Gucci owner splashes out €1.3 billion for building on Milan’s iconic shopping street

By

Bloomberg

Published



Apr 4, 2024

Gucci owner Kering SA is spending €1.3 billion ($1.41 billion) for a property on Milan’s toniest shopping street. 

Via Monte Napoleone 8

The French luxury group said Thursday that it’s buying Via Monte Napoleone 8 from a unit of Blackstone Property Partners Europe.

The 18th-century property covers five floors and boasts more than 5,000 square meters of retail space, making it one of the largest on the famed street, according to Kering.

The building already hosts a location of Cova, the high-end Italian cafe brand owned by LVMH Moet Hennessy Louis Vuitton SE, as well as fashion label Prada.

Via Monte Napoleone, known as one of the most expensive streets in the world, has an impressive roster of top-end fashion, jewelry and footwear sales locations. 

The announcement Thursday follows Kering’s January move to purchase a building on Manhattan’s Fifth Avenue for $963 million, as luxury retail real estate purchases heat up.

Paris-based Kering, which derives two-thirds of its profit from the Gucci brand, called the Milan investment part of a “selective real estate strategy, aimed at securing key highly desirable locations” for its labels.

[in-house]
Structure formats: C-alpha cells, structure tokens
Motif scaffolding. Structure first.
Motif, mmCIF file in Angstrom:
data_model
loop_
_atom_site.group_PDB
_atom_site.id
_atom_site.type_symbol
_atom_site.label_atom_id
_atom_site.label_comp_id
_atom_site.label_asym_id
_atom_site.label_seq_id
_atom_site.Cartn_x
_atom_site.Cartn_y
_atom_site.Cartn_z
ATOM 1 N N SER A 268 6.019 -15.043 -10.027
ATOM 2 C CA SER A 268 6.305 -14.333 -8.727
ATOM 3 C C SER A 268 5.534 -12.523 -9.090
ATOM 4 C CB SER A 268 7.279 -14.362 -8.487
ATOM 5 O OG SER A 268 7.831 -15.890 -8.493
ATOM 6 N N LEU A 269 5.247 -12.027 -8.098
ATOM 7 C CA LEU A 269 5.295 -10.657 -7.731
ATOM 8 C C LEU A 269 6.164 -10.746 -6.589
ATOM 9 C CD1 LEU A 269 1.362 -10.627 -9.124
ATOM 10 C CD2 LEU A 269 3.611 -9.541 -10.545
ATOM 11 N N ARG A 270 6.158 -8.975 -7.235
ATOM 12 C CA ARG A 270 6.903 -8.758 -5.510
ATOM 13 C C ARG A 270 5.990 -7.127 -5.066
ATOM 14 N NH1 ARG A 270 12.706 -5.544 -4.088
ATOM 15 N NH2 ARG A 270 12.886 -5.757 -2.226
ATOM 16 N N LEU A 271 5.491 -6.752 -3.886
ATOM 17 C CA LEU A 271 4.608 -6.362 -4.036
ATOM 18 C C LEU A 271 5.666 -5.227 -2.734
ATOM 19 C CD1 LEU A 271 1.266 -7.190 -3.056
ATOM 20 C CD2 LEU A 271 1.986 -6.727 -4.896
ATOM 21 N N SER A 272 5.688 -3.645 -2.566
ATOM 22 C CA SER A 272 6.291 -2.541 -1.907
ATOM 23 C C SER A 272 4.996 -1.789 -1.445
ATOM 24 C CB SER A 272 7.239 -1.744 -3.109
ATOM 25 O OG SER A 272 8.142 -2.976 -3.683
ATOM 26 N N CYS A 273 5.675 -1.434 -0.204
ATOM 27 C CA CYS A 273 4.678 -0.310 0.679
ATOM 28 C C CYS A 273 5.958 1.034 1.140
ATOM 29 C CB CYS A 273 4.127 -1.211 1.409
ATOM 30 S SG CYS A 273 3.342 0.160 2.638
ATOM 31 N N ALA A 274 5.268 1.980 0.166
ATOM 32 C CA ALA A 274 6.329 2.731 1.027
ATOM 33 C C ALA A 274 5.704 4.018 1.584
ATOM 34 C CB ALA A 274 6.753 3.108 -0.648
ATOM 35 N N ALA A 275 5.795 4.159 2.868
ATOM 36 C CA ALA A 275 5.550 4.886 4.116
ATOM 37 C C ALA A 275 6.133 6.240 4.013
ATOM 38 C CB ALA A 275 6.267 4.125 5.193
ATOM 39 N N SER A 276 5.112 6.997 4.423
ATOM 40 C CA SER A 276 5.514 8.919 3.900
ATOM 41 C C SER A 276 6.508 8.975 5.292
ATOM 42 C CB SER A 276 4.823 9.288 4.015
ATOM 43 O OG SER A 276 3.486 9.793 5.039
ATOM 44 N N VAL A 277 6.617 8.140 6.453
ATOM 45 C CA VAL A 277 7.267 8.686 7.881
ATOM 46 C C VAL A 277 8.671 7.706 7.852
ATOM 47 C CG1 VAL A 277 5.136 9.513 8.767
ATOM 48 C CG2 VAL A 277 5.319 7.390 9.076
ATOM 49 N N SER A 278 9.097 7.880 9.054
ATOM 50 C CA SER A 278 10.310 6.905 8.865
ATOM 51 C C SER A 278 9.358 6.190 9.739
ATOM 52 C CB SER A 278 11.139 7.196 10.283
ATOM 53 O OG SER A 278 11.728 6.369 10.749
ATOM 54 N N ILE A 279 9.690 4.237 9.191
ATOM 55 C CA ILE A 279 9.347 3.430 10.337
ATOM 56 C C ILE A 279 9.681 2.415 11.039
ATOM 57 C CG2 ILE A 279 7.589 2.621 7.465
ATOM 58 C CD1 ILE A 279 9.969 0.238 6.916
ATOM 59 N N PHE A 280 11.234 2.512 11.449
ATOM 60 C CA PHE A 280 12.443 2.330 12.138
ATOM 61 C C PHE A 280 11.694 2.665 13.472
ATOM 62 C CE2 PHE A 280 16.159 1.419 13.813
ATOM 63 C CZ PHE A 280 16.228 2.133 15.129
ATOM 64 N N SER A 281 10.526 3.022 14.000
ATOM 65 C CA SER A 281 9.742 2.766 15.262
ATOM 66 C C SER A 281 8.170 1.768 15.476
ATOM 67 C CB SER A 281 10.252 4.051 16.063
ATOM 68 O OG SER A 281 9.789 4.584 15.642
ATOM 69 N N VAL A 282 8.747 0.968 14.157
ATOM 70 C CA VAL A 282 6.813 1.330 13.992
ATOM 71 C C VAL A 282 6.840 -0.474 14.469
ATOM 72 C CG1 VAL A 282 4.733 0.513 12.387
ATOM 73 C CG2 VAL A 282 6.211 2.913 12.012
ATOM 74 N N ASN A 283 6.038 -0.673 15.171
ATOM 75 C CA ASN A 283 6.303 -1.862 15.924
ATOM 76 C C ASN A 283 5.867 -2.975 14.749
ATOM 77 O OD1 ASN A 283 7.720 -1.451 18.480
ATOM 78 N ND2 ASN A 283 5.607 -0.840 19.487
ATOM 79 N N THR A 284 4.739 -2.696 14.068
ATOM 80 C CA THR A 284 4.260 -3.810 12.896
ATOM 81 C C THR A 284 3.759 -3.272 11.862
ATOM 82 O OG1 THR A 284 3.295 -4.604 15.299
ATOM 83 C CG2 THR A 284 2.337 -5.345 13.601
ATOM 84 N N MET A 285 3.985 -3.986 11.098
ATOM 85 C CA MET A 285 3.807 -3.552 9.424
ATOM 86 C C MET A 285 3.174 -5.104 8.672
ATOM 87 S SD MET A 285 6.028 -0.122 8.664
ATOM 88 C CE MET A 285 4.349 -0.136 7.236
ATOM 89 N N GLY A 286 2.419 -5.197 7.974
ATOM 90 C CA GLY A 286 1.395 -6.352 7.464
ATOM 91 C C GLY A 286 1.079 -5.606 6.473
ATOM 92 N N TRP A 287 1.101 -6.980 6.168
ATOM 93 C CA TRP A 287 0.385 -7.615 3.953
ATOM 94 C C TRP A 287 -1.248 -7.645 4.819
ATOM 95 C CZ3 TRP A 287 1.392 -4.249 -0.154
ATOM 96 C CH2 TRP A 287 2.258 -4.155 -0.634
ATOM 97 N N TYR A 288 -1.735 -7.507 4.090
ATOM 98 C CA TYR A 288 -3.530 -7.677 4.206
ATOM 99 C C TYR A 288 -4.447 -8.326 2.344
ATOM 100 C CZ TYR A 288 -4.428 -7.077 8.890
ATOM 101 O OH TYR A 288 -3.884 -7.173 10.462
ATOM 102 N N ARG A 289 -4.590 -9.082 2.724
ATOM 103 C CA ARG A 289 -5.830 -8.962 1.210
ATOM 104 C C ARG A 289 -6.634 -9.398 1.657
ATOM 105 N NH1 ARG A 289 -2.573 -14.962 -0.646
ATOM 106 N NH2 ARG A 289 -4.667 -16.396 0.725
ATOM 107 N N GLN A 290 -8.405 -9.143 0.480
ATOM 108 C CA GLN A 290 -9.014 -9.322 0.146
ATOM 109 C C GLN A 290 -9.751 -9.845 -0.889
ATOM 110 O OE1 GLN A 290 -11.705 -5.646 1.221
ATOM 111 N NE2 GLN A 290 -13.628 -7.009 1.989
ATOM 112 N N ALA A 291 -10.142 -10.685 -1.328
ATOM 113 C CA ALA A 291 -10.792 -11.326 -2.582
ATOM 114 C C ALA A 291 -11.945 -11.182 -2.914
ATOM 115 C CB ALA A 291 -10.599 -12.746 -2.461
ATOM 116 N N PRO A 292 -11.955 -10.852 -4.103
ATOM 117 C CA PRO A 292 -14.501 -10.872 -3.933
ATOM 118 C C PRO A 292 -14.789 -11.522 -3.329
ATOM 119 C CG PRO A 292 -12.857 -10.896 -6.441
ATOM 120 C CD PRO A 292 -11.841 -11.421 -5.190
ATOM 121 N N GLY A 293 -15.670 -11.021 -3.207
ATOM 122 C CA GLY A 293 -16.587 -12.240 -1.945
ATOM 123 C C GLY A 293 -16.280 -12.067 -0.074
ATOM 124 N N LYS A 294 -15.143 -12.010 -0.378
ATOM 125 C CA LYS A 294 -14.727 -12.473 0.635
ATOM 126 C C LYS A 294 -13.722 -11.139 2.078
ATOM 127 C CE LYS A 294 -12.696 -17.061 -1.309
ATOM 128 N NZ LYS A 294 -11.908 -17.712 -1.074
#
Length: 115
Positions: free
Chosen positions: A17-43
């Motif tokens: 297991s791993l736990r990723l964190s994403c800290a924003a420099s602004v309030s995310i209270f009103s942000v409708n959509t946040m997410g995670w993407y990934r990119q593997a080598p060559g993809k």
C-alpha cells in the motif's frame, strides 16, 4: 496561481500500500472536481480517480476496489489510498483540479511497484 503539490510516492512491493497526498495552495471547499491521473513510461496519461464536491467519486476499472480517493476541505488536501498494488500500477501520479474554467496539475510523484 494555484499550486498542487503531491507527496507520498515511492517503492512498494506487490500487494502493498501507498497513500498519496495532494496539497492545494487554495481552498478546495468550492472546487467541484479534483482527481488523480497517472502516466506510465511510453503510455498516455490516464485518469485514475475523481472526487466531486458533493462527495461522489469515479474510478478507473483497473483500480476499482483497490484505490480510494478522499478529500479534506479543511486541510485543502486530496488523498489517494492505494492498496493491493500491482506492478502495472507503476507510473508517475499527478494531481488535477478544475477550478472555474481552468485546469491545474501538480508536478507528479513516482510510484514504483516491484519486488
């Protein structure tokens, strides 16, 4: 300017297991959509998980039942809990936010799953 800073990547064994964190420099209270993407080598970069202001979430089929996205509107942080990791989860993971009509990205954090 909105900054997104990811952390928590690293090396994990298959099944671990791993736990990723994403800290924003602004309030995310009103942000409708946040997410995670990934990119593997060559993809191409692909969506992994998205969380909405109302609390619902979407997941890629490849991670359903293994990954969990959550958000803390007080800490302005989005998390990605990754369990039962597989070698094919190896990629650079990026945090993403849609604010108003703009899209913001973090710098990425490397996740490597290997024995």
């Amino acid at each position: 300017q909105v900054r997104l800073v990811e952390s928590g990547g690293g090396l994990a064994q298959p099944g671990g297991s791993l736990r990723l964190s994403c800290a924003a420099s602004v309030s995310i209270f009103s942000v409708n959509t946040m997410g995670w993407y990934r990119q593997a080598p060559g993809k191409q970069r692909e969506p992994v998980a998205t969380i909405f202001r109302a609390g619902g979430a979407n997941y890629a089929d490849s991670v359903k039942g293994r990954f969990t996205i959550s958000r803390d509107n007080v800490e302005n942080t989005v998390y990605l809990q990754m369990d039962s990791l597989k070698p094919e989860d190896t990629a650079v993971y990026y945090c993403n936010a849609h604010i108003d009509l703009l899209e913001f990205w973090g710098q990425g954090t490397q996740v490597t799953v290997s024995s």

The firm said it wants to manage its real estate portfolio with “the short- to medium-term objective of retaining a stake in prime assets alongside co-investors in dedicated vehicles.”

Read More: NYC Doomsayers Rebuked by Luxury Billionaires’ Two-Block Battle

Kering will only purchase “exceptional” buildings in a limited number of cities if they create value for the group’s labels, Deputy Chief Executive Officer Jean-Marc Duplaix said in February. Duplaix said that Kering had about 1,800 selling points yet owned only about three flagships. 

The group’s objective is to own up to 15 buildings, the executive said at the time. “We’re talking about 1% of our network,” he said. Duplaix also said the company was exploring partnerships with financial funds to become “more agile” while limiting exposure to real estate. Kering has no plans to become a property developer, CEO Francois-Henri Pinault said at the time.

 

 

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